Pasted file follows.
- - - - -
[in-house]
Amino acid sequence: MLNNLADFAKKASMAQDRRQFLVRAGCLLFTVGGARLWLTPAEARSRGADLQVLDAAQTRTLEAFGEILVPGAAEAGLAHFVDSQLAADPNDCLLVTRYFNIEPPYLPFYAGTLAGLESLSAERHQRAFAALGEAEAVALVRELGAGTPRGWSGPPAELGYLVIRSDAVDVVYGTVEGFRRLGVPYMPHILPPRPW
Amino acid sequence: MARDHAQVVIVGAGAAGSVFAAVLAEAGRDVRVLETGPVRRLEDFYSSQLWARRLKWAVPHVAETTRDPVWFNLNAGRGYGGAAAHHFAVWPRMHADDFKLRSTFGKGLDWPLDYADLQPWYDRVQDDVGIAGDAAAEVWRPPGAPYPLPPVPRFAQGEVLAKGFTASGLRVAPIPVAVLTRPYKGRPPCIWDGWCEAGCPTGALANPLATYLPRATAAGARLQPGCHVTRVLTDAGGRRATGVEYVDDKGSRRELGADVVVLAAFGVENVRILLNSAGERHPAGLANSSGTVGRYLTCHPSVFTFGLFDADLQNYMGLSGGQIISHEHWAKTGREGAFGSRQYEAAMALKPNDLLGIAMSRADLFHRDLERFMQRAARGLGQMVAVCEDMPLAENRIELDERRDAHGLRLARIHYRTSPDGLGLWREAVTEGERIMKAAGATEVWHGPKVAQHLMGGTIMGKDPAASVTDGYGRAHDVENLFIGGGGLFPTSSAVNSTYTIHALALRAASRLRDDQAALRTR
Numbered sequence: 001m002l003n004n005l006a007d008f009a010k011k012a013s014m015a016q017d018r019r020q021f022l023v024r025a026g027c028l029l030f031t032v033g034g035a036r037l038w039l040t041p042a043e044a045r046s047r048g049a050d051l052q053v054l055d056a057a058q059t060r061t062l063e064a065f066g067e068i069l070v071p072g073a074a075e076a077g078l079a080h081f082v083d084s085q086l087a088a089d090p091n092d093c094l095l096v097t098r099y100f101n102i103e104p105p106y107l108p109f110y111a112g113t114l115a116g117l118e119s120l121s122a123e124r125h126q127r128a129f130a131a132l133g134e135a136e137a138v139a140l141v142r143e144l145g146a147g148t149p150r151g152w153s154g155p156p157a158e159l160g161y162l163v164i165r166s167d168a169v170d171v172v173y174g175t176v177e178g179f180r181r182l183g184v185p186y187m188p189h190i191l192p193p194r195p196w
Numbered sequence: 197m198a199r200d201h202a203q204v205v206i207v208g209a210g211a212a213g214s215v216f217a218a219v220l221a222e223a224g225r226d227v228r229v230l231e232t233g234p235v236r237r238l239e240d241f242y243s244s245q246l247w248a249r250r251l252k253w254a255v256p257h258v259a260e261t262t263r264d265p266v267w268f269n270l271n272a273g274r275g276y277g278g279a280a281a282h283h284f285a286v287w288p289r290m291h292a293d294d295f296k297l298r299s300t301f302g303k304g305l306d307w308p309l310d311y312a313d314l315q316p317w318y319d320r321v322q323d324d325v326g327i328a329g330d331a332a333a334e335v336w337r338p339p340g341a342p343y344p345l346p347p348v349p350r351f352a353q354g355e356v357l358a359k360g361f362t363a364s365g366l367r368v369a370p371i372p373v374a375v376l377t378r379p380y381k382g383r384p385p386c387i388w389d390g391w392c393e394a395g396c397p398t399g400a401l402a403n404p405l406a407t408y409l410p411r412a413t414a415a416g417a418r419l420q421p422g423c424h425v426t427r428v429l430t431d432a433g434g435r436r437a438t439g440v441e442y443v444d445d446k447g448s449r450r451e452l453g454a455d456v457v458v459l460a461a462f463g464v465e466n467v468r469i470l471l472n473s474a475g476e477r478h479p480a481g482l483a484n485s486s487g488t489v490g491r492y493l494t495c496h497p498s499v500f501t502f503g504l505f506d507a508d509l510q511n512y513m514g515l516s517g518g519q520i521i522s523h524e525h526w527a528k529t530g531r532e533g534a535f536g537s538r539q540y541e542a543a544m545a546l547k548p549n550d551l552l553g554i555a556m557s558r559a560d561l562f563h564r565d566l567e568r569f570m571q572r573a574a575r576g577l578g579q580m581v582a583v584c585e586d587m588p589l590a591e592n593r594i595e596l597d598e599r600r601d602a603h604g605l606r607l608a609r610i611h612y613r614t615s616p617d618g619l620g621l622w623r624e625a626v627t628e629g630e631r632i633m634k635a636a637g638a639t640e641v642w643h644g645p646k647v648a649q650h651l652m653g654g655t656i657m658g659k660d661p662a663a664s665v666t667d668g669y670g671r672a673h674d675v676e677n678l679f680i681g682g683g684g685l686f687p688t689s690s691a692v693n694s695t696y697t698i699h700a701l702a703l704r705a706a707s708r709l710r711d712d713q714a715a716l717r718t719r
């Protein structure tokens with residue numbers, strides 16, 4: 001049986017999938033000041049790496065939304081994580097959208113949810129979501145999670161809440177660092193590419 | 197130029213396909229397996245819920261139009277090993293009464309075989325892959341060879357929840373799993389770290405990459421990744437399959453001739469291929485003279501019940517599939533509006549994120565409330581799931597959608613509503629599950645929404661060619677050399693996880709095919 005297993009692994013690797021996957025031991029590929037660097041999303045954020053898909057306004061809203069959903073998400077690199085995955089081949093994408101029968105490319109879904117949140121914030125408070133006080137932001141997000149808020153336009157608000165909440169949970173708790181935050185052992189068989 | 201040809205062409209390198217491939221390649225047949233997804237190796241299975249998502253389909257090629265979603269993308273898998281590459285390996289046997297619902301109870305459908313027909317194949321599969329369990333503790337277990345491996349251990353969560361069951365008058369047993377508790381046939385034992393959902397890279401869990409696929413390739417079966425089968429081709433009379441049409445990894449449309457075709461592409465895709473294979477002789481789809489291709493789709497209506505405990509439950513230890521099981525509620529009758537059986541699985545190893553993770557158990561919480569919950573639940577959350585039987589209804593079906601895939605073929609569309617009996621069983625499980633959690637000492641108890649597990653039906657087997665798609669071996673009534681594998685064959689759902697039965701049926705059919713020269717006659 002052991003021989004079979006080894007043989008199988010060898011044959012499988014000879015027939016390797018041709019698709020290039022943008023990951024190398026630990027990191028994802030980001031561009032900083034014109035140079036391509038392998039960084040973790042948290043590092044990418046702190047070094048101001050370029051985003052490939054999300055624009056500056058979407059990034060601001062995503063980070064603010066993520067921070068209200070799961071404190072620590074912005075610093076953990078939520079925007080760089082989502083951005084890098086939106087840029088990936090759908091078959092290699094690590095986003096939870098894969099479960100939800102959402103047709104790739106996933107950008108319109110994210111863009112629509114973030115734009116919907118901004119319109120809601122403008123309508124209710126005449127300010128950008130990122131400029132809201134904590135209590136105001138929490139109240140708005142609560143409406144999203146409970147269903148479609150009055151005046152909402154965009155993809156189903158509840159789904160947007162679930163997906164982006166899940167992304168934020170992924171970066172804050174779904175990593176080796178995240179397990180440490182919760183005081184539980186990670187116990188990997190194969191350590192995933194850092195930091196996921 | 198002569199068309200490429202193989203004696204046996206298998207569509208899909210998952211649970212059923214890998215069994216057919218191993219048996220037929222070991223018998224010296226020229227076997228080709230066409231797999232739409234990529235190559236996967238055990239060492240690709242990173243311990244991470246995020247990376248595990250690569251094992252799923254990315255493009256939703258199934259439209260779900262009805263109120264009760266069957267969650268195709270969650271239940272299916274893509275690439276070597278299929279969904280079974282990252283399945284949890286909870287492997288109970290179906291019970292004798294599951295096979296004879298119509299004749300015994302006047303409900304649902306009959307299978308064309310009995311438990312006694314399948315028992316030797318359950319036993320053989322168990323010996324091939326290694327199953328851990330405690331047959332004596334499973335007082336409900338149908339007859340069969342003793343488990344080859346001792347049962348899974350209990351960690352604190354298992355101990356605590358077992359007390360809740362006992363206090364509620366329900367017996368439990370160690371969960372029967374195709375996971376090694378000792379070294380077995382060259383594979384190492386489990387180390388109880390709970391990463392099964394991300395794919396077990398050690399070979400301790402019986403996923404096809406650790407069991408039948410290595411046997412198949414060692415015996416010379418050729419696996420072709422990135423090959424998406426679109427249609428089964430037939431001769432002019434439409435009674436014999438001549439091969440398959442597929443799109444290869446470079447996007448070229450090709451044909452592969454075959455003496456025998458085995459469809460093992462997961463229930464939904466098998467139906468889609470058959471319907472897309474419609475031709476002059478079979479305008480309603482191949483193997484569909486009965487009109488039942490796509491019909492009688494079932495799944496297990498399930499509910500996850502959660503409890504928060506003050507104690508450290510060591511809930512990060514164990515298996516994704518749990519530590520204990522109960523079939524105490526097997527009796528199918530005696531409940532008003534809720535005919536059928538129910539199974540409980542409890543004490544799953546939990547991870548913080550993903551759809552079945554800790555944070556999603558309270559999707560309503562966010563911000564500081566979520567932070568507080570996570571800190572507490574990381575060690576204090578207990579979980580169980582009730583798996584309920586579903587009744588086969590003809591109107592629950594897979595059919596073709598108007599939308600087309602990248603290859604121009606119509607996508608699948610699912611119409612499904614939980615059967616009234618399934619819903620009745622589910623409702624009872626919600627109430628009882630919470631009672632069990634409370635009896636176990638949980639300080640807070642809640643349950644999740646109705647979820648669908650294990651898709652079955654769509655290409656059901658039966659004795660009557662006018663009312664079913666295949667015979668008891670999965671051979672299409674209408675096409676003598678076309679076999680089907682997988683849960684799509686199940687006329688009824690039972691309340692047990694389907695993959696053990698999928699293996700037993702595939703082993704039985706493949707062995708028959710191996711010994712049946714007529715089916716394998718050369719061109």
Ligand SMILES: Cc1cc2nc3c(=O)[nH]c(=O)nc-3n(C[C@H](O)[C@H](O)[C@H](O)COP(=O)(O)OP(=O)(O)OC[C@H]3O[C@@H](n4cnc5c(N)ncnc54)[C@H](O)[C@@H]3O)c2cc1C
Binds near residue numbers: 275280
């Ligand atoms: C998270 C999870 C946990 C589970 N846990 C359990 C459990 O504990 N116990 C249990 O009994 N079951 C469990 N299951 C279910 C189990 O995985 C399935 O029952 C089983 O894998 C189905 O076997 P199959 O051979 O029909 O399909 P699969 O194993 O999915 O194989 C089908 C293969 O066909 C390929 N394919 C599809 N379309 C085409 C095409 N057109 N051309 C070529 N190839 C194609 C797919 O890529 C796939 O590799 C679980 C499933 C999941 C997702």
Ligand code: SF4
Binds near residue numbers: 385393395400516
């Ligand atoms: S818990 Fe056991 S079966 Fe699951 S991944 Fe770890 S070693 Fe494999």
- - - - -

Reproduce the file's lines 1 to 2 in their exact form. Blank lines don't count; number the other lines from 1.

[in-house]
Amino acid sequence: MLNNLADFAKKASMAQDRRQFLVRAGCLLFTVGGARLWLTPAEARSRGADLQVLDAAQTRTLEAFGEILVPGAAEAGLAHFVDSQLAADPNDCLLVTRYFNIEPPYLPFYAGTLAGLESLSAERHQRAFAALGEAEAVALVRELGAGTPRGWSGPPAELGYLVIRSDAVDVVYGTVEGFRRLGVPYMPHILPPRPW